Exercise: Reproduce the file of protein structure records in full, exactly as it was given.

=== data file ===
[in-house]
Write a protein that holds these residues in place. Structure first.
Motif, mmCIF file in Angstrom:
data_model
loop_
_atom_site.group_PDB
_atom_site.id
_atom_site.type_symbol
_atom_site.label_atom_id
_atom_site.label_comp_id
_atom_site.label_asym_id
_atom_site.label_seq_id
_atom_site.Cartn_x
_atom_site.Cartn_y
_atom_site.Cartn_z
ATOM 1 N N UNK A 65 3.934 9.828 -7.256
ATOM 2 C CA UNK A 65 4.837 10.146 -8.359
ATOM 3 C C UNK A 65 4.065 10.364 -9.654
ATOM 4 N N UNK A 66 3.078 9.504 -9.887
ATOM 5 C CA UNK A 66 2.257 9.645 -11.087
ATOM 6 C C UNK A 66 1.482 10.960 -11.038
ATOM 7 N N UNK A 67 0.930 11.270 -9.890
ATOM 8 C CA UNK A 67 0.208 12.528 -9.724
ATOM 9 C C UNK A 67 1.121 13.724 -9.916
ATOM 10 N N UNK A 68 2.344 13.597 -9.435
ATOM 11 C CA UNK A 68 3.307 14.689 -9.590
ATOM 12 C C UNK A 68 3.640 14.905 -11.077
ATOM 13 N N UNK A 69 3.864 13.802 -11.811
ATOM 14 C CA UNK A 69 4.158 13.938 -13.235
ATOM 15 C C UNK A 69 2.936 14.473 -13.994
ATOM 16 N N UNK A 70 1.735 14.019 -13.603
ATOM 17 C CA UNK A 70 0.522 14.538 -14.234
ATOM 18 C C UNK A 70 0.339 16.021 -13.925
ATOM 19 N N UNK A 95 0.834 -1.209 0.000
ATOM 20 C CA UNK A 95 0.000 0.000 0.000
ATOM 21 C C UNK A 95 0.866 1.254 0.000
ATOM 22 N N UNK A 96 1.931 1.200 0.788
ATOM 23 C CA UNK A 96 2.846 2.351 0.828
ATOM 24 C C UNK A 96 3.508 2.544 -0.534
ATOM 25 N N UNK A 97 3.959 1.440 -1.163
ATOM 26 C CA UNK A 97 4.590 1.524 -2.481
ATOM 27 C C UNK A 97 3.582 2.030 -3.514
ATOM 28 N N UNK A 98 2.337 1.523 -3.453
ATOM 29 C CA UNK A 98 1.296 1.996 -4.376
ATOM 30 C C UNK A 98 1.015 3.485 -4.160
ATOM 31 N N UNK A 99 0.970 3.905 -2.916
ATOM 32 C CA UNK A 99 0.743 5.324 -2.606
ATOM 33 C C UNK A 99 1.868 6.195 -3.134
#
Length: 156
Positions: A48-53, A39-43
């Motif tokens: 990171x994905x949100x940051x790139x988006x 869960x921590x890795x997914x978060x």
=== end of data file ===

[in-house]
Write a protein that holds these residues in place. Structure first.
Motif, mmCIF file in Angstrom:
data_model
loop_
_atom_site.group_PDB
_atom_site.id
_atom_site.type_symbol
_atom_site.label_atom_id
_atom_site.label_comp_id
_atom_site.label_asym_id
_atom_site.label_seq_id
_atom_site.Cartn_x
_atom_site.Cartn_y
_atom_site.Cartn_z
ATOM 1 N N UNK A 65 3.934 9.828 -7.256
ATOM 2 C CA UNK A 65 4.837 10.146 -8.359
ATOM 3 C C UNK A 65 4.065 10.364 -9.654
ATOM 4 N N UNK A 66 3.078 9.504 -9.887
ATOM 5 C CA UNK A 66 2.257 9.645 -11.087
ATOM 6 C C UNK A 66 1.482 10.960 -11.038
ATOM 7 N N UNK A 67 0.930 11.270 -9.890
ATOM 8 C CA UNK A 67 0.208 12.528 -9.724
ATOM 9 C C UNK A 67 1.121 13.724 -9.916
ATOM 10 N N UNK A 68 2.344 13.597 -9.435
ATOM 11 C CA UNK A 68 3.307 14.689 -9.590
ATOM 12 C C UNK A 68 3.640 14.905 -11.077
ATOM 13 N N UNK A 69 3.864 13.802 -11.811
ATOM 14 C CA UNK A 69 4.158 13.938 -13.235
ATOM 15 C C UNK A 69 2.936 14.473 -13.994
ATOM 16 N N UNK A 70 1.735 14.019 -13.603
ATOM 17 C CA UNK A 70 0.522 14.538 -14.234
ATOM 18 C C UNK A 70 0.339 16.021 -13.925
ATOM 19 N N UNK A 95 0.834 -1.209 0.000
ATOM 20 C CA UNK A 95 0.000 0.000 0.000
ATOM 21 C C UNK A 95 0.866 1.254 0.000
ATOM 22 N N UNK A 96 1.931 1.200 0.788
ATOM 23 C CA UNK A 96 2.846 2.351 0.828
ATOM 24 C C UNK A 96 3.508 2.544 -0.534
ATOM 25 N N UNK A 97 3.959 1.440 -1.163
ATOM 26 C CA UNK A 97 4.590 1.524 -2.481
ATOM 27 C C UNK A 97 3.582 2.030 -3.514
ATOM 28 N N UNK A 98 2.337 1.523 -3.453
ATOM 29 C CA UNK A 98 1.296 1.996 -4.376
ATOM 30 C C UNK A 98 1.015 3.485 -4.160
ATOM 31 N N UNK A 99 0.970 3.905 -2.916
ATOM 32 C CA UNK A 99 0.743 5.324 -2.606
ATOM 33 C C UNK A 99 1.868 6.195 -3.134
#
Length: 156
Positions: A48-53, A39-43
């Motif tokens: 990171x994905x949100x940051x790139x988006x 869960x921590x890795x997914x978060x």